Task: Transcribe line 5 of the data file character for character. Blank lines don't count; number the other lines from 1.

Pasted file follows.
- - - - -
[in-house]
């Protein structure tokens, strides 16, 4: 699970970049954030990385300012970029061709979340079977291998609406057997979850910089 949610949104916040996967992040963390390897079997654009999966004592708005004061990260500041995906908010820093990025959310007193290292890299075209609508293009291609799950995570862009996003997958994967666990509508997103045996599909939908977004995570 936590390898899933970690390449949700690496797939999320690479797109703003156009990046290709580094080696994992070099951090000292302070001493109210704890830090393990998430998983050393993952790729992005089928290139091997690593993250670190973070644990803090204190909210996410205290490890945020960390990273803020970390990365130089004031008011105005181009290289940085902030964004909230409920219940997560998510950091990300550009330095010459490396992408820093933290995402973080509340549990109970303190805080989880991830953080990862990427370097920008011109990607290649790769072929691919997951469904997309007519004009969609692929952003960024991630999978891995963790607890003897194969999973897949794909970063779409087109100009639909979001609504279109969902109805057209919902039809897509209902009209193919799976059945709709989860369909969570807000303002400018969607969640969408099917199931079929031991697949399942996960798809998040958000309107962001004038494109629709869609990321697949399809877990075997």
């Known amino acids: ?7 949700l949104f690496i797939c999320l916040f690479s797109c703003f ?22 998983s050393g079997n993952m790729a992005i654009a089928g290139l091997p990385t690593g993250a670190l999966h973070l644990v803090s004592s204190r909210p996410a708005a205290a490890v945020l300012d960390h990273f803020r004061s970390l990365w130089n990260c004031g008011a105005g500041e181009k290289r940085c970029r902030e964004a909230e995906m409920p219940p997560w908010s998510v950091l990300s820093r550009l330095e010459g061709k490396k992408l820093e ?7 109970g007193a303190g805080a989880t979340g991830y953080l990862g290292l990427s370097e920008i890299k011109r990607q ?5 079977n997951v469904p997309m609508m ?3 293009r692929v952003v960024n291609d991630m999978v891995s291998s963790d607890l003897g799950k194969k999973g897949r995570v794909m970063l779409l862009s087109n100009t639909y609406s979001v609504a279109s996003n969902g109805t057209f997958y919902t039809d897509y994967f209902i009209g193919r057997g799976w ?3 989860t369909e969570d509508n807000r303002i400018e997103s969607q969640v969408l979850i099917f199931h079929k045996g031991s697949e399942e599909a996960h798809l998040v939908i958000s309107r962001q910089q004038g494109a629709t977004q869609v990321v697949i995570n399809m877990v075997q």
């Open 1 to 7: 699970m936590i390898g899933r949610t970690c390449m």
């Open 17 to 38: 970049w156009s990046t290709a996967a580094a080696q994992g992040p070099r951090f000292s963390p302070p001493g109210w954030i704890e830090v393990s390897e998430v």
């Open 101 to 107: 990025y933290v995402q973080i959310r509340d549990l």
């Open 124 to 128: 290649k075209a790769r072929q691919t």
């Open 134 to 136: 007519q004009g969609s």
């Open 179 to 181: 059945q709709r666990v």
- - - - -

């Open 17 to 38: 970049w156009s990046t290709a996967a580094a080696q994992g992040p070099r951090f000292s963390p302070p001493g109210w954030i704890e830090v393990s390897e998430v």